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Professor Linda Berger rejoins her Feminist Judgments: Rewritten Opinions of the United States Supreme Court coauthors in this essay presenting feminism as the foundation for a developing form of rich, complex, and practical legal scholarship-the lens and the means through which we may approach and resolve many legal problems. First, this essay explores the intellectual foundations of feminist legal theory and situates the United States and international feminist judgments projects within that scholarly tradition. It next considers how the feminist judgments projects move beyond traditional academic scholarship to bridge the gap between the real-world practice of law and feminist theory. …


The Techno-Neutrality Solution To Navigating Insurance Coverage For Cyber Losses, Jeffrey W. Stempel, Erik S. Knutsen Jan 2018

The Techno-Neutrality Solution To Navigating Insurance Coverage For Cyber Losses, Jeffrey W. Stempel, Erik S. Knutsen

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Insurers currently constrict coverage for losses involving electronic information in traditional insurance product lines. As a result, insurance customers are driven to the brave new world of non-standardized varieties of cyber-risk insurance policies. That world abounds with coverage gaps as the market for cyber insurance sorts itself out. Until that synchronization of coverage for cyber losses occurs, litigation is bound to occur as the boundaries of coverage remain patchwork and uncertain.

This article examines the degree to which cyber losses differ from other insured losses. The cyber-loss insurance coverage jurisprudence reveals a mishmash of principles and coverage terms that are …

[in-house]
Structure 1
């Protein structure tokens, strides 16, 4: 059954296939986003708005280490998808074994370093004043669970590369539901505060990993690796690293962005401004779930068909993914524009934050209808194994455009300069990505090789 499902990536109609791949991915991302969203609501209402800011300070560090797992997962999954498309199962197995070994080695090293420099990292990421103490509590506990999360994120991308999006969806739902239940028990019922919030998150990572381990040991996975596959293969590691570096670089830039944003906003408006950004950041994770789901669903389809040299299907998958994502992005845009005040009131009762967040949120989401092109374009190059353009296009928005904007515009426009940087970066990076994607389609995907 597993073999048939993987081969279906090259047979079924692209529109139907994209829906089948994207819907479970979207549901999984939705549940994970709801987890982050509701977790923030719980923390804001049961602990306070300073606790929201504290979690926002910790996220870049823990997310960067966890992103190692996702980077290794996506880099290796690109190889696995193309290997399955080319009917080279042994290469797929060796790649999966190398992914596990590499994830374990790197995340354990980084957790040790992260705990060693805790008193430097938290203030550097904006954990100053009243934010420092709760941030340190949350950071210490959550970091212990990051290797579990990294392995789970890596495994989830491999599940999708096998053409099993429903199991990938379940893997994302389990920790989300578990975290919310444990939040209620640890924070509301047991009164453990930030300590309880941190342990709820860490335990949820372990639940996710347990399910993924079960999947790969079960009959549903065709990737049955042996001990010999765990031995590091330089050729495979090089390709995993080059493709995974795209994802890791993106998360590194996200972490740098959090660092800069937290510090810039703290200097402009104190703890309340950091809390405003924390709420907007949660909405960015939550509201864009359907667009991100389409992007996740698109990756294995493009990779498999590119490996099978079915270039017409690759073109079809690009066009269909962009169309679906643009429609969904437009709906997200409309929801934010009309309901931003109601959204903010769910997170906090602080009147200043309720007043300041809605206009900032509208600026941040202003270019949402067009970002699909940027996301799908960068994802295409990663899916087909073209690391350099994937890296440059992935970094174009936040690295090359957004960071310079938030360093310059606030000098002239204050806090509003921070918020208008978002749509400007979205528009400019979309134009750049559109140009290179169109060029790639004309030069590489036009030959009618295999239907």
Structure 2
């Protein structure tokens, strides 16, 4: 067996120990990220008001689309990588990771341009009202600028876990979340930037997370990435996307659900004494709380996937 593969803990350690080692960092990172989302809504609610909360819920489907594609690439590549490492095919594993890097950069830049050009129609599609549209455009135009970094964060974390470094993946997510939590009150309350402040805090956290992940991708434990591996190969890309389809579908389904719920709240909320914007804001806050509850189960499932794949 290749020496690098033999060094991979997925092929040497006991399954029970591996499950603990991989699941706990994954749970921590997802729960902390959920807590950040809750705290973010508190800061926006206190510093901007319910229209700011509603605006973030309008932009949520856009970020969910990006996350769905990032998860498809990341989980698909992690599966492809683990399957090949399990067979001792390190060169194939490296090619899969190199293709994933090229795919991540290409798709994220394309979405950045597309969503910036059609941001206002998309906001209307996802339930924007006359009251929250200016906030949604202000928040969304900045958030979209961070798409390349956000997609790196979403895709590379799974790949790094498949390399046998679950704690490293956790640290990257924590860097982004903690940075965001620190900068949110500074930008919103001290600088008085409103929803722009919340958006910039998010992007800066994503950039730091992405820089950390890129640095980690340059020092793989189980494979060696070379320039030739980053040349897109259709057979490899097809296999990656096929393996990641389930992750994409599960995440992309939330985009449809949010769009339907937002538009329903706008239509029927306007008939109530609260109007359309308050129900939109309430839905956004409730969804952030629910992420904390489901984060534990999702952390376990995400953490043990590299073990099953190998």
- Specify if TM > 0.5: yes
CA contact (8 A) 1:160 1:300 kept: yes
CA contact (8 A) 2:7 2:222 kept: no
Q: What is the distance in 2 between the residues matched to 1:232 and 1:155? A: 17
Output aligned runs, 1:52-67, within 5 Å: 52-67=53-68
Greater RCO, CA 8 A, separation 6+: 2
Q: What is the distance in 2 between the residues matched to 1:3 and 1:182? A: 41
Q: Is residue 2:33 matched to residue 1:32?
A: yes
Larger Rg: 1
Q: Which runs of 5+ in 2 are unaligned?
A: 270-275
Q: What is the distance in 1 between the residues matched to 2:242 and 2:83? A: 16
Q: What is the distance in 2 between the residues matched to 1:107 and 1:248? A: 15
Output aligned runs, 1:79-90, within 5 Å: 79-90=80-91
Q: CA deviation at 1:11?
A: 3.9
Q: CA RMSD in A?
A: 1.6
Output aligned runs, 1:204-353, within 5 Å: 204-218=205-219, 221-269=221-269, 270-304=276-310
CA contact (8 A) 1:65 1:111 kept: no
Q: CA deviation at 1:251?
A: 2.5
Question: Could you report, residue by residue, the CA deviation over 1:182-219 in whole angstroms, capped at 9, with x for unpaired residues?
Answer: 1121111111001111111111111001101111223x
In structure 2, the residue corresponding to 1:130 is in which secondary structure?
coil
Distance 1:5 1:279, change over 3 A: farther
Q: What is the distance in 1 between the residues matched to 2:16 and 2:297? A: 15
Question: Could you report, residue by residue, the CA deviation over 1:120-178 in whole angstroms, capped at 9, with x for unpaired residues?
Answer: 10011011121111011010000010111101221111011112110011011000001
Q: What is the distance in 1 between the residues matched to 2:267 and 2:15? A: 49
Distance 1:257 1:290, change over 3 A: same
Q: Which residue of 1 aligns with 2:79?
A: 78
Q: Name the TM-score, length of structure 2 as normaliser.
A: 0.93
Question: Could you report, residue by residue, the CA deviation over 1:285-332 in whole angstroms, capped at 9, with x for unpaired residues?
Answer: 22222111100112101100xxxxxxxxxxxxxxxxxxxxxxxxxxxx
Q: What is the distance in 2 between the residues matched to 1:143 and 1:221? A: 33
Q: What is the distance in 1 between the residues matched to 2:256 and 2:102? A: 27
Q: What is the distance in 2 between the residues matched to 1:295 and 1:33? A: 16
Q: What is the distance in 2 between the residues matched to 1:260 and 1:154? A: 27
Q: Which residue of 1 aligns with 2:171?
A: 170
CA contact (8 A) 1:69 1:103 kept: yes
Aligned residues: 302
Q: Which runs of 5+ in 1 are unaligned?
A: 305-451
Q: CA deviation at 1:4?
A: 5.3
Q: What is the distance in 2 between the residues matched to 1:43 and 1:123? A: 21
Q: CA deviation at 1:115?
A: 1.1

Telling Stories In The Supreme Court: Voices Briefs And The Role Of Democracy In Constitutional Deliberation, Linda H. Edwards Jan 2017

Telling Stories In The Supreme Court: Voices Briefs And The Role Of Democracy In Constitutional Deliberation, Linda H. Edwards

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On January 4, 2016, over 112 women lawyers, law professors, and former judges told the world that they had had an abortion. In a daring amicus brief that captured national media attention, the women “came out” to their clients; to the lawyers with or against whom they practice; to the judges before whom they appear; and to the Justices of the Supreme Court.

The past three years have seen an explosion of such “voices briefs,” 16 in Obergefell and 17 in Whole Woman’s Health. The briefs can be powerful, but their use is controversial. They tell the stories of non-parties—strangers …